Marketers know that LinkedIn can be a powerhouse for brands and professionals, but not everyone is taking full advantage of the site. In recent months, LinkedIn has been churning out new features meant to help users maximize the platform's potential.
In an effort to help ensure no one is missing out, Marketing Dive has pulled together a few LinkedIn features you might be missing:
A company page on LinkedIn can be a valuable asset to an overall social brand strategy, but until recently, managing the activity and results was somewhat challenging. Fortunately, LinkedIn introduced a company page dashboard in February that helps marketers manage company pages from one location.
The dashboard offers insight into all types of company page engagement, including likes, shares, mentions, and comments. Page managers can access the company page dashboard separately from their person profiles—making marketers lives a bit easier.
Social sharing on outside networks
No social network exists in a vacuum—even though LinkedIn is sometimes perceived as being in its own little world. The site has the capability to link up Twitter and Facebook accounts so that posts can be made simultaneously between the platforms.
To add a new development in cross-network sharing, LinkedIn has introduced the capability to share company pages across other social networks. To see an example, visit Microsoft’s LinkedIn page. In the top right hand corner there is now a curved arrow next to the “follow” button. Clicking on this arrow will bring up all the social networks available to share the page.
The clear advantage to this addition is that fans and followers of the brand can now help promote the company page. Smart marketers will encourage their followers to do just that.
Trending Content Tool
Before blindly blasting content out into the LinkedIn universe, it helps to have an understanding of what the audience is looking for. LinkedIn provides feedback on published content, but it also helps marketers predict what will work on the platform with its Trending Content Tool.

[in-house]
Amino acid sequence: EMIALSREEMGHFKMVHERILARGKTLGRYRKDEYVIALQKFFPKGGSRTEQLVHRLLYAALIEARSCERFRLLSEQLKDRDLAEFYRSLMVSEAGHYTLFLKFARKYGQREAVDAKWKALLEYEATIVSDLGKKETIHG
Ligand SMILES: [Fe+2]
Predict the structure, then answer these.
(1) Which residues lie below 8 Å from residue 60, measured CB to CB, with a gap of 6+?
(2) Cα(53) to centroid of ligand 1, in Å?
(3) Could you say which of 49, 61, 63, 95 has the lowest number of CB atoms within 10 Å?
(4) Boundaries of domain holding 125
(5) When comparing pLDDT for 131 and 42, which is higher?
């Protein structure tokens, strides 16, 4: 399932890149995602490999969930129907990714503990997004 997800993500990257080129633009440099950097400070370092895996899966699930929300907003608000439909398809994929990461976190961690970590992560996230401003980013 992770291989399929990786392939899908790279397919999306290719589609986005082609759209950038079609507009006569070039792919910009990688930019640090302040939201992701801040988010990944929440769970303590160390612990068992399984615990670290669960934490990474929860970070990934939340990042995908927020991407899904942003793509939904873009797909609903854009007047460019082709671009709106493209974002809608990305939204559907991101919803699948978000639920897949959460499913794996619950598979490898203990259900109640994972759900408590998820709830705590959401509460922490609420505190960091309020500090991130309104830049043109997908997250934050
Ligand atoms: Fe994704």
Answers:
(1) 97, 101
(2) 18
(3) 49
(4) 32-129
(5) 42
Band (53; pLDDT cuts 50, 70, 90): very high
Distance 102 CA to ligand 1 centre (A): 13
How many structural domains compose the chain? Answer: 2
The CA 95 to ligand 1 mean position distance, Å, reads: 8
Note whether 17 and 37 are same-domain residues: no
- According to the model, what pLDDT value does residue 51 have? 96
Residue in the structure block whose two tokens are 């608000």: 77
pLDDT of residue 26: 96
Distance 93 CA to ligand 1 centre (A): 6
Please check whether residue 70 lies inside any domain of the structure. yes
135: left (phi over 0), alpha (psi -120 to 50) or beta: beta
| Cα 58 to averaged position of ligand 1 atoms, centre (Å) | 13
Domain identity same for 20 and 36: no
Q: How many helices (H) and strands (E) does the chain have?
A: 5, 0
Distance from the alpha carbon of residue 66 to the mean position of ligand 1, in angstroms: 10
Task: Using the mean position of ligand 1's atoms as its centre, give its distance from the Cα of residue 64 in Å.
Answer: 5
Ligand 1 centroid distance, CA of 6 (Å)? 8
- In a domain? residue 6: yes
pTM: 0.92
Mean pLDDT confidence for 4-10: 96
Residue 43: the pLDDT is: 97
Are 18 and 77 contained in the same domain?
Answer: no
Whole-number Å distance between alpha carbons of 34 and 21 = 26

The tool ranks the topics that resonate most with particular audiences. Within the feature, marketers can see what type of content their target audience is engaging with the most. The predictive tool helps to ensure no content work goes to waste on LinkedIn.
After figuring out what content is predicted to work, marketers need measurement capabilities to see how well the content performed. Just last week, LinkedIn introduced new analytics for each piece of content. All users now have access to a dashboard that provides analytics like number of views, comments, likes and shares on posts, as well as the individual profiles that interacted with the post. The added measurement could produce leads from the most loyal followers and help marketers determine what is working.
LinkedIn is built on a solid foundation of individual professionals—just like all companies. In an effort to help brands rally the power of their employees, LinkedIn introduced the Elevate App last month. Elevate allows employees to share their employers' content directly to LinkedIn and Twitter.
According to LinkedIn’s research, only 2% of employees currently share content from their company on LinkedIn. Even with that small percentage, the employee-shared content accounts for 20% of the content's overall engagement. Elevate helps nudge employees to share company content by making it as easy as possible. A stream of curated content is delivered through the app, and employees just have to click to share on their personal profiles.